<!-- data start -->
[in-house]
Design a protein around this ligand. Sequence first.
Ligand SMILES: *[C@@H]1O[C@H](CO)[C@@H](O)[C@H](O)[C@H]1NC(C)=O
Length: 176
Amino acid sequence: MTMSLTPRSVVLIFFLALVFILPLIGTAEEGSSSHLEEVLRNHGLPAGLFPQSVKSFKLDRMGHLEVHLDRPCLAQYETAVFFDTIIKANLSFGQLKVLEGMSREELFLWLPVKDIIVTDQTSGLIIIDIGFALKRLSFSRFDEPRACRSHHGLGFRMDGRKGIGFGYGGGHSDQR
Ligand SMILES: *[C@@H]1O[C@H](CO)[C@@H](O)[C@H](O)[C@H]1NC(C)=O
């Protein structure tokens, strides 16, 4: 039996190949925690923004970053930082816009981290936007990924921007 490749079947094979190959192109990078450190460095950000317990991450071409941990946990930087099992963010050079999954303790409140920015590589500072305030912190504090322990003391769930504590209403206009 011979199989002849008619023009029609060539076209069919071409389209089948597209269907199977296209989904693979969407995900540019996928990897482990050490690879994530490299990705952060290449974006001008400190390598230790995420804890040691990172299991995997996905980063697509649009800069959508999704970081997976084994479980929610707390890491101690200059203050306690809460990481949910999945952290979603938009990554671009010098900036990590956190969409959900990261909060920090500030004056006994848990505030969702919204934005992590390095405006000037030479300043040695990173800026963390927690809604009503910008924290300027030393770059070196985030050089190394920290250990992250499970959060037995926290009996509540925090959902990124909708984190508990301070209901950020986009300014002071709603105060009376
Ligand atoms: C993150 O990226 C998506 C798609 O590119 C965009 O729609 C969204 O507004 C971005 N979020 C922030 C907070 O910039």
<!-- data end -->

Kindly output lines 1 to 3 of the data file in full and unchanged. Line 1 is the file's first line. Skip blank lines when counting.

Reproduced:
[in-house]
Design a protein around this ligand. Sequence first.
Ligand SMILES: *[C@@H]1O[C@H](CO)[C@@H](O)[C@H](O)[C@H]1NC(C)=O